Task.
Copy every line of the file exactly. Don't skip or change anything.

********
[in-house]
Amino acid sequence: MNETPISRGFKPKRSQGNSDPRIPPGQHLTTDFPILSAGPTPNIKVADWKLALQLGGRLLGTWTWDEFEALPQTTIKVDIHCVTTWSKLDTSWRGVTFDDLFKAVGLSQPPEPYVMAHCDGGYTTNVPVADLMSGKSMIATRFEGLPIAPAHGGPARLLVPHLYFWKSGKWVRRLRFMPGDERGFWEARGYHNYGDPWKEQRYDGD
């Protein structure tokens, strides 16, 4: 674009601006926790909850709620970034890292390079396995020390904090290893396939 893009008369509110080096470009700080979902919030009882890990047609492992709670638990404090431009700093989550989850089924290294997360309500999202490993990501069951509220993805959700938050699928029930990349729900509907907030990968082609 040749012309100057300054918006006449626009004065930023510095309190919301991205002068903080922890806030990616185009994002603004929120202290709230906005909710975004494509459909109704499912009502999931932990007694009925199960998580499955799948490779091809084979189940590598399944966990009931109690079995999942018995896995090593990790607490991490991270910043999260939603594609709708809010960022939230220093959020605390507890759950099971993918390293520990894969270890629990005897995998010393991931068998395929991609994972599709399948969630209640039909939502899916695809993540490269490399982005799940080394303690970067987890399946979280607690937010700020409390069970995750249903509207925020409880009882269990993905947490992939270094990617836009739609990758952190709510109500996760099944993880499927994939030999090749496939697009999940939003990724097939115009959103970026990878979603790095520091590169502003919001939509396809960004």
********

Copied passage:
[in-house]
Amino acid sequence: MNETPISRGFKPKRSQGNSDPRIPPGQHLTTDFPILSAGPTPNIKVADWKLALQLGGRLLGTWTWDEFEALPQTTIKVDIHCVTTWSKLDTSWRGVTFDDLFKAVGLSQPPEPYVMAHCDGGYTTNVPVADLMSGKSMIATRFEGLPIAPAHGGPARLLVPHLYFWKSGKWVRRLRFMPGDERGFWEARGYHNYGDPWKEQRYDGD
């Protein structure tokens, strides 16, 4: 674009601006926790909850709620970034890292390079396995020390904090290893396939 893009008369509110080096470009700080979902919030009882890990047609492992709670638990404090431009700093989550989850089924290294997360309500999202490993990501069951509220993805959700938050699928029930990349729900509907907030990968082609 040749012309100057300054918006006449626009004065930023510095309190919301991205002068903080922890806030990616185009994002603004929120202290709230906005909710975004494509459909109704499912009502999931932990007694009925199960998580499955799948490779091809084979189940590598399944966990009931109690079995999942018995896995090593990790607490991490991270910043999260939603594609709708809010960022939230220093959020605390507890759950099971993918390293520990894969270890629990005897995998010393991931068998395929991609994972599709399948969630209640039909939502899916695809993540490269490399982005799940080394303690970067987890399946979280607690937010700020409390069970995750249903509207925020409880009882269990993905947490992939270094990617836009739609990758952190709510109500996760099944993880499927994939030999090749496939697009999940939003990724097939115009959103970026990878979603790095520091590169502003919001939509396809960004």